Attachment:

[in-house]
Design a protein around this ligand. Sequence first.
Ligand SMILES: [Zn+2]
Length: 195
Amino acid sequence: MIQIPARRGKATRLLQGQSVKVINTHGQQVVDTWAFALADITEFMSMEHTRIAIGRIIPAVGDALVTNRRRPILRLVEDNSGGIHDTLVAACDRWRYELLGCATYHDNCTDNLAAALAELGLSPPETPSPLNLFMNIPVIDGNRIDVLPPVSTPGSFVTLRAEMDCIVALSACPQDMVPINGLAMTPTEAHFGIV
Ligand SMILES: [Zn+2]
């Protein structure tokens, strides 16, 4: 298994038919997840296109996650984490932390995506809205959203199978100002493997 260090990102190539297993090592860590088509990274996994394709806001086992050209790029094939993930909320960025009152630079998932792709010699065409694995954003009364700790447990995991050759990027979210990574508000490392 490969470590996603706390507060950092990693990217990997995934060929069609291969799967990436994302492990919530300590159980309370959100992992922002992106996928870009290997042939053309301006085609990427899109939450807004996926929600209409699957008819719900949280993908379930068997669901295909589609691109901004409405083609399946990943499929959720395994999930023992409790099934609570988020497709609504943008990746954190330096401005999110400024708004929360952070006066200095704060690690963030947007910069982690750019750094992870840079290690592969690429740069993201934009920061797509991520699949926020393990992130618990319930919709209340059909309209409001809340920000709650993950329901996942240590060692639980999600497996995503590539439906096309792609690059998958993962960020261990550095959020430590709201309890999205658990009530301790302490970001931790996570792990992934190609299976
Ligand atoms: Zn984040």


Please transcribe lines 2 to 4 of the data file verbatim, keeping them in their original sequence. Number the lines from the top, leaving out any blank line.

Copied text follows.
Design a protein around this ligand. Sequence first.
Ligand SMILES: [Zn+2]
Length: 195